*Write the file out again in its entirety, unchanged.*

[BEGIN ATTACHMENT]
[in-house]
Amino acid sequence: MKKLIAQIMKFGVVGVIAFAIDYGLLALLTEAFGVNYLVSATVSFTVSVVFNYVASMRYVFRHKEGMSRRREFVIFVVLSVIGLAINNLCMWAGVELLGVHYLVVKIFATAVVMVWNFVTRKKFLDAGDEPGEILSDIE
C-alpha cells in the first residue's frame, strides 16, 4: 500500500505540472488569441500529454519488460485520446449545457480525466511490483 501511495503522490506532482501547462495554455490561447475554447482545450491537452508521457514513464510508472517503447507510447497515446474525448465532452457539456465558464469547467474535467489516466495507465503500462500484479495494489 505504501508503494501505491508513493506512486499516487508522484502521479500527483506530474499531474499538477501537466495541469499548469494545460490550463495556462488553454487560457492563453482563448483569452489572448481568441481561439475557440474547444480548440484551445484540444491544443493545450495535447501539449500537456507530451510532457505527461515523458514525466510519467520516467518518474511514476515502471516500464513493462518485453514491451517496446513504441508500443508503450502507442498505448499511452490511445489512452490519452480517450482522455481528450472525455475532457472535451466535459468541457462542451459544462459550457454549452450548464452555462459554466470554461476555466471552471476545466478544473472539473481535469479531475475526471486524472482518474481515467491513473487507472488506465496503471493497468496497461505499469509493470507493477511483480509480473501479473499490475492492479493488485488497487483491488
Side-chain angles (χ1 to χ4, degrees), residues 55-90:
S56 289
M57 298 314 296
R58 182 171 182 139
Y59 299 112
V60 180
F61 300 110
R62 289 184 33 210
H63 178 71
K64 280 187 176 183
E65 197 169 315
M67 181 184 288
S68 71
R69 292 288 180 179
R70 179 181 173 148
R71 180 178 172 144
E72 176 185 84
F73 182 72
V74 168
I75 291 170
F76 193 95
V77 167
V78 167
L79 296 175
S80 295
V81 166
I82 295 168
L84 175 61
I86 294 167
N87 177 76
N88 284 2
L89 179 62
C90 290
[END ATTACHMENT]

[in-house]
Amino acid sequence: MKKLIAQIMKFGVVGVIAFAIDYGLLALLTEAFGVNYLVSATVSFTVSVVFNYVASMRYVFRHKEGMSRRREFVIFVVLSVIGLAINNLCMWAGVELLGVHYLVVKIFATAVVMVWNFVTRKKFLDAGDEPGEILSDIE
C-alpha cells in the first residue's frame, strides 16, 4: 500500500505540472488569441500529454519488460485520446449545457480525466511490483 501511495503522490506532482501547462495554455490561447475554447482545450491537452508521457514513464510508472517503447507510447497515446474525448465532452457539456465558464469547467474535467489516466495507465503500462500484479495494489 505504501508503494501505491508513493506512486499516487508522484502521479500527483506530474499531474499538477501537466495541469499548469494545460490550463495556462488553454487560457492563453482563448483569452489572448481568441481561439475557440474547444480548440484551445484540444491544443493545450495535447501539449500537456507530451510532457505527461515523458514525466510519467520516467518518474511514476515502471516500464513493462518485453514491451517496446513504441508500443508503450502507442498505448499511452490511445489512452490519452480517450482522455481528450472525455475532457472535451466535459468541457462542451459544462459550457454549452450548464452555462459554466470554461476555466471552471476545466478544473472539473481535469479531475475526471486524472482518474481515467491513473487507472488506465496503471493497468496497461505499469509493470507493477511483480509480473501479473499490475492492479493488485488497487483491488
Side-chain angles (χ1 to χ4, degrees), residues 55-90:
S56 289
M57 298 314 296
R58 182 171 182 139
Y59 299 112
V60 180
F61 300 110
R62 289 184 33 210
H63 178 71
K64 280 187 176 183
E65 197 169 315
M67 181 184 288
S68 71
R69 292 288 180 179
R70 179 181 173 148
R71 180 178 172 144
E72 176 185 84
F73 182 72
V74 168
I75 291 170
F76 193 95
V77 167
V78 167
L79 296 175
S80 295
V81 166
I82 295 168
L84 175 61
I86 294 167
N87 177 76
N88 284 2
L89 179 62
C90 290